This is an old newspaper clipping from a 1941 Springfield Sun – the local newspaper for Washington County, Kentucky. I’m sure this was one my great-grandmother, Frances Barber Linton Montgomery, saved, since it was a few years before she died – and because her mother’s death, thirty-one years previous, was listed as part of the news for June of 1910. Other interesting tidbits were a couple of marriages, finding of the body of a missing woman, and the dedication of the capital in Frankfort!
This is a very beautifully written marriage bond! John Reed, the County Clerk of Washington County, is top notch at the scrolling handwriting of the period. Tried to find more information on the couple, but had no luck.
Know all men by these presents, that we, Thomas Thompson and Henry Boone, are held and firmly bound unto his Excellency, the Governor of Kentucky, in the sum of fifty pounds current money to the payment of which well and truly to be made to the said Governor and his successors, we bind ourselves, our heirs, jointly and severally, firmly by these presents, sealed with our seals and dated this 12th day of May 1804.
The Condition of this obligation is such that whereas there is a marriage shortly intended between the above bound Thomas Thompson and Eleanor Green, for which a license has issued. Now if there be no lawful cause to obstruct the said marriage then this obligation to be void or else to remain in full force and virtue.
Thomas Thompson, Henry Boone
Witness, John Reed
Thomas Green, Henry Hadin
Test. Henry Boone
I thought this list was interesting – those who owned lots in the town of Springfield in the year 1817. I do not have any relatives on the list, but am familiar with the Booker’s, Montgomery’s, Lancaster’s, McElroy’s and Rudd’s. Do you have anyone on this list?
This article appeared in the March 19, 1936, Springfield paper.
from Pioneer History of Washington County, Kentucky, by Orval W. Baylor
A list of persons, with their improved Lots in the town of Springfield subject to Taxation for the year 1817.
Note: In the following arrangement the person’s name comes first, then the number of tithes, number of lots and lastly the valuation of lots.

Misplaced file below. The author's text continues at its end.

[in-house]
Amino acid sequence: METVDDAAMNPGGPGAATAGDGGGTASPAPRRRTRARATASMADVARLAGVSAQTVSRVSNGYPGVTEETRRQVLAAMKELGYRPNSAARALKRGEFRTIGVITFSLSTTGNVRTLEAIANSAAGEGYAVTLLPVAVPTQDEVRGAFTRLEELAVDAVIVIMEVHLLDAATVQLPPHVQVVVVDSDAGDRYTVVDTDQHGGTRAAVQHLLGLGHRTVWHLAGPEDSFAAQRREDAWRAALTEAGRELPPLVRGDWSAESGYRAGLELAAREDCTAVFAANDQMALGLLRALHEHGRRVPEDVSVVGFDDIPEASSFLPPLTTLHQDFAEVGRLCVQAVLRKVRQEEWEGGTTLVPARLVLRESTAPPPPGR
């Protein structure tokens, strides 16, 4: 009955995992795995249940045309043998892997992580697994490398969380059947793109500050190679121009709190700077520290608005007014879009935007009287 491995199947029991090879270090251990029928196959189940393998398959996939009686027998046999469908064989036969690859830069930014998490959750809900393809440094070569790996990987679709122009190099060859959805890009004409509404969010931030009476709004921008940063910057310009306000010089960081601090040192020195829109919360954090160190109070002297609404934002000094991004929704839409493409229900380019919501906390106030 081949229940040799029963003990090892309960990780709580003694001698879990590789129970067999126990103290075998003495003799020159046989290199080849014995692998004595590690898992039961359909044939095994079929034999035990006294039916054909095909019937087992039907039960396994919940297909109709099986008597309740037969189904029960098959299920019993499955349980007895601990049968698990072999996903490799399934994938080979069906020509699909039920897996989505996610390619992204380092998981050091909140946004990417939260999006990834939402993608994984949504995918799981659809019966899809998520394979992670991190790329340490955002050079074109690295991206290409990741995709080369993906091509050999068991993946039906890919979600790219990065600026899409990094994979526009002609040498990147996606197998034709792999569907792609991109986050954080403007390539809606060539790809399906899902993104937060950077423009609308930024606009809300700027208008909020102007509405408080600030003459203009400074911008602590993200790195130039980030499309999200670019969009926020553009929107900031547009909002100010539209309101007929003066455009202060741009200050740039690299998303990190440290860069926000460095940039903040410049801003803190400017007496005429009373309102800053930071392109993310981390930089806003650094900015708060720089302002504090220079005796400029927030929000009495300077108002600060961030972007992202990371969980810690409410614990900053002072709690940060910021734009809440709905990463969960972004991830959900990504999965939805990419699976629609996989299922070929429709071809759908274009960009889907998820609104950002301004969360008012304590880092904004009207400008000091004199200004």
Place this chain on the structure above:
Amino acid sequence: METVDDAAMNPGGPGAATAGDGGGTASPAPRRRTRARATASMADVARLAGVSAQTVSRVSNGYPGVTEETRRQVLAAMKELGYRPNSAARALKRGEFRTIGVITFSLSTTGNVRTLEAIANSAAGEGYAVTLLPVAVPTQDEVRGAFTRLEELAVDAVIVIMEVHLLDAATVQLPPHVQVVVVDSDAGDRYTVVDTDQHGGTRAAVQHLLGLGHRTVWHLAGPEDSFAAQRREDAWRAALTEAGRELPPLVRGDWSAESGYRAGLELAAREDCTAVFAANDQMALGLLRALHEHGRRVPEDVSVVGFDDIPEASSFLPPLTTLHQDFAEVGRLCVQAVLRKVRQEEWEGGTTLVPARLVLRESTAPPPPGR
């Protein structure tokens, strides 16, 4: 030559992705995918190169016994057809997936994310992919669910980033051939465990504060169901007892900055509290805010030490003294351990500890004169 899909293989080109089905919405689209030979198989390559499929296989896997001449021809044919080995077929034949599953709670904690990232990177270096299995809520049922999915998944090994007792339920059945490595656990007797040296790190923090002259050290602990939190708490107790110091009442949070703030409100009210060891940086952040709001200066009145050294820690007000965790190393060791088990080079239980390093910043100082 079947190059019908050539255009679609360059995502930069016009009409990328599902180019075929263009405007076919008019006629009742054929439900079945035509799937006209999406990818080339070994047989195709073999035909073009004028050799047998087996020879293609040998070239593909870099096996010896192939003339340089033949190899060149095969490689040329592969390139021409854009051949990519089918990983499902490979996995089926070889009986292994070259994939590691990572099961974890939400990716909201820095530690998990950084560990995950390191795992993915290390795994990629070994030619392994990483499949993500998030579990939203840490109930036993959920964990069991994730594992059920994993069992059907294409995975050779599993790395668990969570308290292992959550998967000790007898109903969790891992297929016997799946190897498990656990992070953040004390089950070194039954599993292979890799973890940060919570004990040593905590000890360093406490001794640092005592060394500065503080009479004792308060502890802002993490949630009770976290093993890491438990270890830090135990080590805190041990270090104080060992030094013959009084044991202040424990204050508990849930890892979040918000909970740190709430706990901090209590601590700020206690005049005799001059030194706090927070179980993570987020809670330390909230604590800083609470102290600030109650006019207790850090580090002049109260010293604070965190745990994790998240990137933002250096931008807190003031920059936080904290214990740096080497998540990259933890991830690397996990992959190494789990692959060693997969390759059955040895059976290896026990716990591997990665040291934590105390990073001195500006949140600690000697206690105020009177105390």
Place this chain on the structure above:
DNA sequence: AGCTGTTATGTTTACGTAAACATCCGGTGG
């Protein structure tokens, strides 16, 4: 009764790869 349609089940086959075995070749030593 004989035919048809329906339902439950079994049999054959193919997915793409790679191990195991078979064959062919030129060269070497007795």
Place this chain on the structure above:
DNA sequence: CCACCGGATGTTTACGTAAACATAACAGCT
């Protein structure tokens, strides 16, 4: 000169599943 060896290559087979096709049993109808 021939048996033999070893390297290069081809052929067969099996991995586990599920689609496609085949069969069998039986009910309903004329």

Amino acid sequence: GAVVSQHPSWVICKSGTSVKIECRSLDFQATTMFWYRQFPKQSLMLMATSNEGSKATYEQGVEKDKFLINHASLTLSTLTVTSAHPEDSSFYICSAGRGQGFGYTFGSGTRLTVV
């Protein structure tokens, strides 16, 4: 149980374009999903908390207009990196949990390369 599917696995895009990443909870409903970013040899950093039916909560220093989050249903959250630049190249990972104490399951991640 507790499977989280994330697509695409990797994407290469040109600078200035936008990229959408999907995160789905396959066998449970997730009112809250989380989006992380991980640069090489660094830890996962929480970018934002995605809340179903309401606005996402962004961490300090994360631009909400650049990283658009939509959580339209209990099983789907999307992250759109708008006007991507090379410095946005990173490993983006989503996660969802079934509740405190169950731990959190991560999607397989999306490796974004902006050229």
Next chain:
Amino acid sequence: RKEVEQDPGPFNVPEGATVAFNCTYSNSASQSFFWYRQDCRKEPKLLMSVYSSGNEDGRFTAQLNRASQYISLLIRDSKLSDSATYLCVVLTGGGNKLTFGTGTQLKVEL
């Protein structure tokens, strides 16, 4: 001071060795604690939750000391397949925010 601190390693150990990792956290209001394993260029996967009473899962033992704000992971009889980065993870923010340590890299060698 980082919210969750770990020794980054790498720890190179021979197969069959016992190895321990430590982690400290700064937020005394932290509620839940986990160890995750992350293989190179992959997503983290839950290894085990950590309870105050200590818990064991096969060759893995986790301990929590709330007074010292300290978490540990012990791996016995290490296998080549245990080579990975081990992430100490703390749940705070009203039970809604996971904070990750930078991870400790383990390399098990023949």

George McKay, 3 – 1 – $500; John Hurst, 1 – 2 – $800; Richard Phillips, 3; Samuel Robertson, 4 – 2 – $1200; Elias Davison, 6 – 1 – $6000; James Woods, 1; William B. Booker, 2 – 1 – $1200; Paul J. Booker, 2 – 2 – $500; William T. Phillips, 4 – 2-$4000; Hugh McElroy, 1; William H. Hays, 2 – 2 – $1500; Electius Mudd, 3 – 1 – $1200; James S. Simms, 1; Benjamin Montgomery, 1; Daniel McAllister, 1; Raphael Lancaster, 2 – 2 – $1000; Joseph B. Lancaster, 1; Daniel Thompson, 2; James Hughes, Jr., 1; George Wilson, 1; Anthony McElroy, 1; Christopher A. Rudd, 1 – 1 – $1500; Matthew Nantz, 1; Philip Barbour, 2 – 1 – $800; Jesse T. Riney, 1; John Bainbridge, 1; Nathaniel Whitehead, 1; Richard Biddle, 1; Benson Riggs, 1; John A. Montgomery, 1 – 1 – $500; Robert H. Nantz, 1; William Glasscocke, 1; Hugh Lunch, 1; John Viers, 1; Joseph Willis, 1; Charles Crossgrove, 1; James Rudd, (Teacher), 1; John Wilson, 1; Jonathan Riney, 0 – 2 – $1500; Thomas Houts, 0 – 2 – $600; John Hays, 0 – 1 – $300; Dudley Robertson, 0 – 1 – $200.
To Patrick Morgan, Collector of the Town Tax of Collection. By Order of the Board of Trustees. April 11th, 1817. Attests. John Hughes, Jr., CBT.
Know all men by these presents that we, Clement Buckman and Luke Mudd, are held and firmly bound unto his excellency, James Garrard, Esq., Governor of Kentucky, and his successors, in the penal sum of fifty pounds current money, the payment well and truly to be made. We bind ourselves, our heirs, jointly and severally, firmly by these presents, sealed with our seals and dated this 19th day of November 1801.